As expected from the changes in the proportions of high and low multimer–binding cells, Treg depletion induced a decrease in the relative affinity of the OVA-specific–responding T cells (Fig. 3E and fig. S9, C and D). Decreased multimer labeling was not due to lower levels of CD8 expression (fig. S9B). Decrease in the avidity of the OVA-specific CD8+ T cell response upon depletion of Tregs was also evident in the multimer dilution assay (Fig. 3, F and G). Interferon-γ (IFN-γ) production by CD8+ T cells was shown previously to correlate with the avidity of LM-specific immune responses (10). Both the number of OVA-specific IFN-γ–producing CD8+ T cells and the amount of IFN-γ per cell (MFI) were lower when the infection took place in the absence of Tregs (fig. S11, A to C). When Treg depletion was delayed to days 3 to 4 after infection, the relative affinity and the EC50 of multimer binding assay (Fig. 3, E and G), as well as the numbers of Kb-N4+ multimer+ and IFN-γ+ cells, were all unaffected, whereas the MFI of the IFN-γ labeling was slightly increased (fig. S12, A to C).

To investigate the mechanisms involved in the beneficial effects of Tregs during priming to LM antigens, we harvested the spleens of mice infected in the presence or absence of Tregs and analyzed different inflammatory mediators. No major effects were seen on the secretion of CXCL1 and CXCL10) (fig. S13, A and B). By contrast, the production of CCL-2/3/4 was increased upon Treg depletion in vivo (fig. S13, C to E). Furthermore, upon ex vivo restimulation with heat-killed (HK)-rLM-OVA, the splenocytes isolated from infected mice showed substantially enhanced secretion of CCL-3/4/5 when the infection in vivo took place in the absence of Tregs (fig. S14). These findings indicate that, as shown previously by others (19, 20), Tregs inhibit in vivo the production of CCL-2/3/4/5.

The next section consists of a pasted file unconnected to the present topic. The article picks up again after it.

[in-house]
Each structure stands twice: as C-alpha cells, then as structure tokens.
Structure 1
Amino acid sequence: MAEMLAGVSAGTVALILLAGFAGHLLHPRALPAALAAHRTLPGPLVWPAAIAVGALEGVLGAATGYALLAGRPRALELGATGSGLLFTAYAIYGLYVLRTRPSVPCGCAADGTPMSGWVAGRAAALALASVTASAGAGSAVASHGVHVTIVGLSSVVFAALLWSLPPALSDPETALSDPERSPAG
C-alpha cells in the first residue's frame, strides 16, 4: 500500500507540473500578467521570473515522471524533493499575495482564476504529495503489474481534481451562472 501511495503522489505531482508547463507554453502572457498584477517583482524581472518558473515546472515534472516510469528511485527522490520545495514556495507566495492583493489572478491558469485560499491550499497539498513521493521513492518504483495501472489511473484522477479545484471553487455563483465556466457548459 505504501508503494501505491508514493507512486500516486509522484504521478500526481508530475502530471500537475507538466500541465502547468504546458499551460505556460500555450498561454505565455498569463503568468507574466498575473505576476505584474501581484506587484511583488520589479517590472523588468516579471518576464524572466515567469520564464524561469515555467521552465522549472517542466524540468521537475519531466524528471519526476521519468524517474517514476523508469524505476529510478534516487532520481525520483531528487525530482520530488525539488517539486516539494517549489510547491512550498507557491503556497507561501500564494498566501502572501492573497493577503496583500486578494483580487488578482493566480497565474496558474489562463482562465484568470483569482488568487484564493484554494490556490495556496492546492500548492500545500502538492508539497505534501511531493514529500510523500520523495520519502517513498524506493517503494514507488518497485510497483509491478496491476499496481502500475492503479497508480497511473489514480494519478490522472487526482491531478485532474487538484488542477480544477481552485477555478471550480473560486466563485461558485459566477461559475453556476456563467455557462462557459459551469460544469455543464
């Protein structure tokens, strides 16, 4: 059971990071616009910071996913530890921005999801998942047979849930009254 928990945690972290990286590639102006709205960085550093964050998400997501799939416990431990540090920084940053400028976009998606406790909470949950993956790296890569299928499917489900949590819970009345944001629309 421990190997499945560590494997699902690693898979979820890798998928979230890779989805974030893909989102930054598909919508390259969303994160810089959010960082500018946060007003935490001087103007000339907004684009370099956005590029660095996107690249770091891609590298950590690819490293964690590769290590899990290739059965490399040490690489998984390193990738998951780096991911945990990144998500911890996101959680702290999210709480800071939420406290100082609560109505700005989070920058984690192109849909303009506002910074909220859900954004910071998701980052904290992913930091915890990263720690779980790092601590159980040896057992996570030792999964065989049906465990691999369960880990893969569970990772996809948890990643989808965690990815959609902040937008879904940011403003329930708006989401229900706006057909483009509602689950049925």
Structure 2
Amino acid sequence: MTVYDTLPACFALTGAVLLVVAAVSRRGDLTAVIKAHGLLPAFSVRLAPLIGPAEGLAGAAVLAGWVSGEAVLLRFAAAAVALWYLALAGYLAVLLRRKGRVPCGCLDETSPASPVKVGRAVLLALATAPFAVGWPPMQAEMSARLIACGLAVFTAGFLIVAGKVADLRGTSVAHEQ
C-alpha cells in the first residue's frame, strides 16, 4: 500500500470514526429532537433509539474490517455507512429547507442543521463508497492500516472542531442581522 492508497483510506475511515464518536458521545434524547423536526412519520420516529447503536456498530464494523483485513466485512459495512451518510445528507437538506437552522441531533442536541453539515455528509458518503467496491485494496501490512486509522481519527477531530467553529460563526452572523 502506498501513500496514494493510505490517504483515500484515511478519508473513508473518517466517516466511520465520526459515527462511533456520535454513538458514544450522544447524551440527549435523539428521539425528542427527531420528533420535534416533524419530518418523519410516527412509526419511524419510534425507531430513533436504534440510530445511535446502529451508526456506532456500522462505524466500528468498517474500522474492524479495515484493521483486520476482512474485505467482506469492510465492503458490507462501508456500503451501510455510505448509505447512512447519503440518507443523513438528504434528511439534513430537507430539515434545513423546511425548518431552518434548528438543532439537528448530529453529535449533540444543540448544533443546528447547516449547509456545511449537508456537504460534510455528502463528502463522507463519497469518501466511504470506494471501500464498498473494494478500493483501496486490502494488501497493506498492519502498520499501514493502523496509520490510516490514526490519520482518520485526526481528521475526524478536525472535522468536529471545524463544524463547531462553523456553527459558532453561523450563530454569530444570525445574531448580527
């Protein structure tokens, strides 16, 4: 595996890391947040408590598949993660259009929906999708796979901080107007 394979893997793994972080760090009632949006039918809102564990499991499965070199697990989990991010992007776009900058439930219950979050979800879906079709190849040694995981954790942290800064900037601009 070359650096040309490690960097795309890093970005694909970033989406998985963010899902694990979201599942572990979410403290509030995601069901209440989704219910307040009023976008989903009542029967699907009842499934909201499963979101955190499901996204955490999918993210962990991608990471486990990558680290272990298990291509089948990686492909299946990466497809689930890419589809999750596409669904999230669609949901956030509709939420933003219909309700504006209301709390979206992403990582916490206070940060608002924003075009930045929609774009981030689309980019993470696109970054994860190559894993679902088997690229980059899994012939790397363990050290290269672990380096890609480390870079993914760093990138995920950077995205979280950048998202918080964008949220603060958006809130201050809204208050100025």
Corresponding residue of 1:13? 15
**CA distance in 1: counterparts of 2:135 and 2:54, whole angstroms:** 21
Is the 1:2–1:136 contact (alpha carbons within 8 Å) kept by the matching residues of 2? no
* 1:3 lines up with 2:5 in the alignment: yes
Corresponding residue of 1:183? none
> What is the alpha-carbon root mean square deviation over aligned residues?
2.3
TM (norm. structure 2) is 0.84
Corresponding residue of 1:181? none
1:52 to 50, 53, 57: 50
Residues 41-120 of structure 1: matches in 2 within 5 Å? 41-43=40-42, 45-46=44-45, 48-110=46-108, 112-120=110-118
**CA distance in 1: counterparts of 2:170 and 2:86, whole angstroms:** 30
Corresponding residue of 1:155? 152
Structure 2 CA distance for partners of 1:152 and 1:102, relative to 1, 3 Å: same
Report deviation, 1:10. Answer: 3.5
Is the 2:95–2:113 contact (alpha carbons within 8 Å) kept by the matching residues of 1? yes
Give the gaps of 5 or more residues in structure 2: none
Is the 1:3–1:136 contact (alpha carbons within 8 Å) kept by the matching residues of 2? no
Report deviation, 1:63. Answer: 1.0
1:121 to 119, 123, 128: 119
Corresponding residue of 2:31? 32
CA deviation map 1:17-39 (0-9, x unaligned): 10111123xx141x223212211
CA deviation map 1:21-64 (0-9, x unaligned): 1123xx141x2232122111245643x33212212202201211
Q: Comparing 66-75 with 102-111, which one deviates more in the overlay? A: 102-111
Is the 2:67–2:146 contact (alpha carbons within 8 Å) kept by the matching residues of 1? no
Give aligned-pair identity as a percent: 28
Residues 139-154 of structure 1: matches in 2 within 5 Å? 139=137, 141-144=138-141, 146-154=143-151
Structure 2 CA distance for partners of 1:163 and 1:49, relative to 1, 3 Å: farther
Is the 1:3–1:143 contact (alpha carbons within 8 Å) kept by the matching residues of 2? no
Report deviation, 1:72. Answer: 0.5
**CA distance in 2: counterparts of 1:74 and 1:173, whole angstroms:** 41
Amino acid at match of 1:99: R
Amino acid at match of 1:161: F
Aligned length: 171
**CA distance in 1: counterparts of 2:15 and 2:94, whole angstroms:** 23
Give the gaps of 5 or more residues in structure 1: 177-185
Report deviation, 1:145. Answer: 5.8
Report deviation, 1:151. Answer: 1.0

Because our previous results implicate CCL-3/4/5 in the control of the priming of low-avidity T cells, we decided to explore the possible involvement of the overproduction of these chemokines in the detrimental effects of Treg depletion on T cell priming during LM infection. To do so, we injected a mix of blocking antibodies to CCL-3/4/5 after Treg depletion and infection with rLM-OVA (21, 23). In both isotype control and blocking antibody–treated mice, the bacteria were undetectable in the spleen at day 7. By contrast, only injection of the blocking antibodies reversed the effects of Treg deprivation on the proportion of low and high multimer–binding cells and of the relative affinity of the responding OVA-specific T cells (fig. S15, A and B). These results suggest that CCL-3/4/5 production in the absence of Tregs is required for the observed reduction in avidity of the OVA-specific CD8+ T cells after LM infection.